3 Reasons We Can Stop Spending $5 Billion to Recruit Scientists

This article was originally published here

Sometimes Science 2.0 has to swim against the stream. The stream, in this case, has been the long-standing irrational belief that America ‘needs’ more scientists.

There are two reasons I have always had for going against the grain of science media mantra about recruiting more and more students into science:  The first reason is that creativity in science is one instance where quantity does not matter.  While I am a big believer in the power of crowdsourcing for many things, and have endorsed it in too many instances to count, science does not really work that way.  That business about monkeys reproducing the works of Shakespeare is statistical nonsense. Diminishing returns kick in rather quickly. China and India both have good average scores in math and science and lots of people.  Yet America rules the high end of science.

The second reason is that in order to ‘make’ more scientists, they would have to come from somewhere that requires the same rigor.  Science is hard.  STEM outreach campaigns, no matter how many billions of dollars the National Science Foundation spends, are not going to make science easier, so we cannot turn secretaries into scientists, we instead would have to turn people inclined to be doctors into scientists.  That’s not really a victory.   What I have argued instead is we need to knock it off with the 1990s-era protectionism scheme that invented the boogeyman of the foreign worker who was willing to work for peanuts in the USA and led to restricting work visas. We have made student visas easy to get for people from other countries and then won’t let those people get jobs afterward, so they are forced to go back home and compete with us.  We don’t need to spend billions turning more Americans into scientists, we simply need to allow more scientists who want to be in America to become Americans. Look at all the money I just saved that can be used for actual science research by the government group with ‘Science’ in its middle name?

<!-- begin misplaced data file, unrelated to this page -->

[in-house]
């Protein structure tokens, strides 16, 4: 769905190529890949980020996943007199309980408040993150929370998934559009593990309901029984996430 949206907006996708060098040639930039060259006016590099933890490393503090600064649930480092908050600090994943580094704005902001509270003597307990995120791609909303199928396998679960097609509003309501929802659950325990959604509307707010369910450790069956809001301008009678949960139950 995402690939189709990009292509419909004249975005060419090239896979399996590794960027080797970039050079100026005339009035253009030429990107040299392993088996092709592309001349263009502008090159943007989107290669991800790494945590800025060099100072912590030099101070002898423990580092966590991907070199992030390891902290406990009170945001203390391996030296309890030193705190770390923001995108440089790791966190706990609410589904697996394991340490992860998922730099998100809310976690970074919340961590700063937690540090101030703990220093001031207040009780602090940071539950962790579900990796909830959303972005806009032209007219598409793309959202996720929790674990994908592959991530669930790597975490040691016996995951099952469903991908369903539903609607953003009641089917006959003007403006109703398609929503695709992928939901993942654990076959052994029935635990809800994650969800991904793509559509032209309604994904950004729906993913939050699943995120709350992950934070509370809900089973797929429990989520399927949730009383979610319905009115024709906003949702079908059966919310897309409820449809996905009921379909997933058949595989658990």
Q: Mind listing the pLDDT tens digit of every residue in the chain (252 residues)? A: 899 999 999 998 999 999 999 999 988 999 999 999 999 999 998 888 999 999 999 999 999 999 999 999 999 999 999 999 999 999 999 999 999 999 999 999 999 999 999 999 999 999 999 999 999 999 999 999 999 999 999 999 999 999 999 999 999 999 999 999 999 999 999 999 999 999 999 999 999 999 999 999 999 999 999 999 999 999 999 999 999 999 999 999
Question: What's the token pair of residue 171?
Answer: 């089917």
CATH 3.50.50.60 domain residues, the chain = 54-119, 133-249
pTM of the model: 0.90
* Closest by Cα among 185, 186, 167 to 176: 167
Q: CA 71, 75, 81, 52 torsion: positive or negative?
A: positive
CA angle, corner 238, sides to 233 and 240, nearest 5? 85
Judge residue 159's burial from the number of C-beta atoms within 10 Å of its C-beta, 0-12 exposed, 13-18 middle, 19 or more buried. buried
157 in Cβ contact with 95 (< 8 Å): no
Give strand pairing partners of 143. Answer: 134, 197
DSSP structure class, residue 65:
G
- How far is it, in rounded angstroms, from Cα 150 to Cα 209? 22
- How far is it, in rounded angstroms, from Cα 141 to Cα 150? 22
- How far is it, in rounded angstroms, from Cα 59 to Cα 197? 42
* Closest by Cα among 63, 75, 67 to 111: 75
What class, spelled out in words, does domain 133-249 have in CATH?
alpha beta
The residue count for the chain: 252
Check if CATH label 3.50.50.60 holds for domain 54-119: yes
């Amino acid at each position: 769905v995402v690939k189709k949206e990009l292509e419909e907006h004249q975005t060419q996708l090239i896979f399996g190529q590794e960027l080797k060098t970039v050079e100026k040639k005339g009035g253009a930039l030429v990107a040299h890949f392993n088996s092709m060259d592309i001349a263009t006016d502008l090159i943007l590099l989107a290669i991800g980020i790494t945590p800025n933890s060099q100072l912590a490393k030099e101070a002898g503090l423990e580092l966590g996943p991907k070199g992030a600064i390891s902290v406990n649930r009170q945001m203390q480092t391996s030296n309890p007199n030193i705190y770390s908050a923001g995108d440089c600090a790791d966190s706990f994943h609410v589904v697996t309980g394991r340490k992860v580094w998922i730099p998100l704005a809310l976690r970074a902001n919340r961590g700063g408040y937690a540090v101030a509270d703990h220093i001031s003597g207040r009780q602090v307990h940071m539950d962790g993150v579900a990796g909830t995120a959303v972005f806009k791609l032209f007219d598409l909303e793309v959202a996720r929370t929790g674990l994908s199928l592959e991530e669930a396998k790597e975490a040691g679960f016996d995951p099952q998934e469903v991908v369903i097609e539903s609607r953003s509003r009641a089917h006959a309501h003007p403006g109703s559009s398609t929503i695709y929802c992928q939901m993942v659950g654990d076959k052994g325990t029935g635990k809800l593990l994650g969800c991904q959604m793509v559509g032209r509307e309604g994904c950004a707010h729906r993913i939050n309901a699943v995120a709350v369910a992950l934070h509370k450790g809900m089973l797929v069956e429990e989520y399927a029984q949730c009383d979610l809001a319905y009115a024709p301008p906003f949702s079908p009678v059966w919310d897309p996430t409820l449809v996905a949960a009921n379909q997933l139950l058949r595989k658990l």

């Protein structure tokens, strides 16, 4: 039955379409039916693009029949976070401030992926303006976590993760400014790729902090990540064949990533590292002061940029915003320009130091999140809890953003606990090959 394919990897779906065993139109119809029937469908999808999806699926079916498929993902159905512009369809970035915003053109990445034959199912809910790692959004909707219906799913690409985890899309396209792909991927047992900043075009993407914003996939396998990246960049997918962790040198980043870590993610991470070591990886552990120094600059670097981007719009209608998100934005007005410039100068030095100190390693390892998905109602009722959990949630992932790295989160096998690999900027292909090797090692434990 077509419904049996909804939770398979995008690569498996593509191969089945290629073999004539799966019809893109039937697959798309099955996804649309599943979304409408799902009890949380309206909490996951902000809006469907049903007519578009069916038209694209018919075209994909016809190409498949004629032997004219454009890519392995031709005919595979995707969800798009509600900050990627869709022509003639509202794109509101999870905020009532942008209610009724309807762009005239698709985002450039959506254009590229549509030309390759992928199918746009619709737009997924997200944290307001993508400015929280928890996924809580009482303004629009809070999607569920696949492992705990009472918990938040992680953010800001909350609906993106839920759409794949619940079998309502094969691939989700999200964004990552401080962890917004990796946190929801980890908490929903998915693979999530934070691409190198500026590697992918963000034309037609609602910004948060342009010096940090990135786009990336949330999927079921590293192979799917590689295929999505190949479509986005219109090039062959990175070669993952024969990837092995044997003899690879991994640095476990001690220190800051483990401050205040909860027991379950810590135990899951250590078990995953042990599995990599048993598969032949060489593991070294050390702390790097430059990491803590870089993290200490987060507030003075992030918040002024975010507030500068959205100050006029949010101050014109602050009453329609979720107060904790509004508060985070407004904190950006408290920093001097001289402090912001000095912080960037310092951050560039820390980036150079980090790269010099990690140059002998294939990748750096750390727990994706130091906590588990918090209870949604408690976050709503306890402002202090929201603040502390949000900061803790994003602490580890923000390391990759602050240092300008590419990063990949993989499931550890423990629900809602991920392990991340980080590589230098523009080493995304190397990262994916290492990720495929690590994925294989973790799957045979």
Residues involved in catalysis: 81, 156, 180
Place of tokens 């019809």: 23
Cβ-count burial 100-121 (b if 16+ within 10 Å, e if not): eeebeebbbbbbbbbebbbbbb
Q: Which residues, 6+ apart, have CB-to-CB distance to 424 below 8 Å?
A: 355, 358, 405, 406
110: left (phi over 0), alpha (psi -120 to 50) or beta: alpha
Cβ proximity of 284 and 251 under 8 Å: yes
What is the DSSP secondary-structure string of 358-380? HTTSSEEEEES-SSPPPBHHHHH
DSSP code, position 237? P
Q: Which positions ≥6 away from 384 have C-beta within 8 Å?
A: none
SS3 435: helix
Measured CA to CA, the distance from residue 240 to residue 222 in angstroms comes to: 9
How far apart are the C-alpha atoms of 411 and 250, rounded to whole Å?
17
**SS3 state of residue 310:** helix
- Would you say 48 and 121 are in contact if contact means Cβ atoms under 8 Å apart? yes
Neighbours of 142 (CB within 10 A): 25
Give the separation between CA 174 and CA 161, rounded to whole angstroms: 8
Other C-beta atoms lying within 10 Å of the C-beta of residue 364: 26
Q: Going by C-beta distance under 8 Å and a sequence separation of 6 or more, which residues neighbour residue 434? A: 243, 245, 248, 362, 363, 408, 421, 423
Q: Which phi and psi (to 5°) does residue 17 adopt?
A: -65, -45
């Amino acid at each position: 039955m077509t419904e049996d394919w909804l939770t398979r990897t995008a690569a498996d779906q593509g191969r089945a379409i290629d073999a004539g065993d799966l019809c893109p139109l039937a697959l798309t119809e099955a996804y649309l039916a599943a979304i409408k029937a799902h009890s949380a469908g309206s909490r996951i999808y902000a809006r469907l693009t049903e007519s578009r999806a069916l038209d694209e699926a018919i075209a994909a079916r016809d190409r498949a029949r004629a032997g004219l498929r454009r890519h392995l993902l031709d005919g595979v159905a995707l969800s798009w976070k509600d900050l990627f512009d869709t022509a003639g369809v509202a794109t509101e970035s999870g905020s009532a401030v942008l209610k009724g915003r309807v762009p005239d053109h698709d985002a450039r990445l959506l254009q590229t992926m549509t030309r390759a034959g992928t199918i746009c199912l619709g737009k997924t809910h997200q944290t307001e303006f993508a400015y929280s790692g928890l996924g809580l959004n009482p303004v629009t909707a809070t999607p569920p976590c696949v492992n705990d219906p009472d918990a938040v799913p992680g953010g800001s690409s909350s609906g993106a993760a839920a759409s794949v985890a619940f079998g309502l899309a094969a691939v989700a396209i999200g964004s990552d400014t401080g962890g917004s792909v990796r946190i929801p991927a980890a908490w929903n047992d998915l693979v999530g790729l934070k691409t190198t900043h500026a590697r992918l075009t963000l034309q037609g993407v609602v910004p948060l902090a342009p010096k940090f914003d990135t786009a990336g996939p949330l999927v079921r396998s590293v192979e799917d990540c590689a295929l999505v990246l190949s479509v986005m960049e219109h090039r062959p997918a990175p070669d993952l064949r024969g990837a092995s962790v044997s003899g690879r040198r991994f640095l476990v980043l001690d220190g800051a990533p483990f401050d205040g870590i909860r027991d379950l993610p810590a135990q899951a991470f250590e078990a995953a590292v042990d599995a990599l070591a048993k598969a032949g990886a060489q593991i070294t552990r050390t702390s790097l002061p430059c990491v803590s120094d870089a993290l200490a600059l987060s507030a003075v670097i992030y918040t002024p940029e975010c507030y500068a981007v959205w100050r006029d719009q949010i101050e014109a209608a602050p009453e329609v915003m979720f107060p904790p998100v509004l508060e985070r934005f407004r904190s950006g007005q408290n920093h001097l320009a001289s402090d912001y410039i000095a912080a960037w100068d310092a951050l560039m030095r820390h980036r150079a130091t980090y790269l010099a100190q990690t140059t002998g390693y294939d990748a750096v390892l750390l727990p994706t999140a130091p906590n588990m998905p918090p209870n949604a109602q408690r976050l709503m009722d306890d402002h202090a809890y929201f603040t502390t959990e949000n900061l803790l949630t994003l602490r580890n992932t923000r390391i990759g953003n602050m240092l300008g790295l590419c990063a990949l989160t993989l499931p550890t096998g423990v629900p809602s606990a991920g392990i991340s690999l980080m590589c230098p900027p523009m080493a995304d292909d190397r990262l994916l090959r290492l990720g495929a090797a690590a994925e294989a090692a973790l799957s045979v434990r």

Now add a third reason: We have a government-created fetish with higher education, brought on by the same statistical nonsense thinking as monkeys and the Internet.  Politicians in the early 1990s saw that a college degree led, on average, to higher incomes, on average, and declared all incomes would go up if everyone got a college degree.  Applause ensued, mostly from colleges, and skeptics of the notion were derided for not caring about children and education. Students now realize that by making everyone exceptional, no one is, and they have instead gotten a lot of debt because colleges are a business, just like any other business, and when the pool of money became unlimited, so did the tuition.  All those new buildings, new campuses and new employees are now getting a dose of the same fiscal reality non-government employees have had to face but aside from political theater like canceling popular classes or charging more tuition for majors that can actually get a job, the system is here to stay.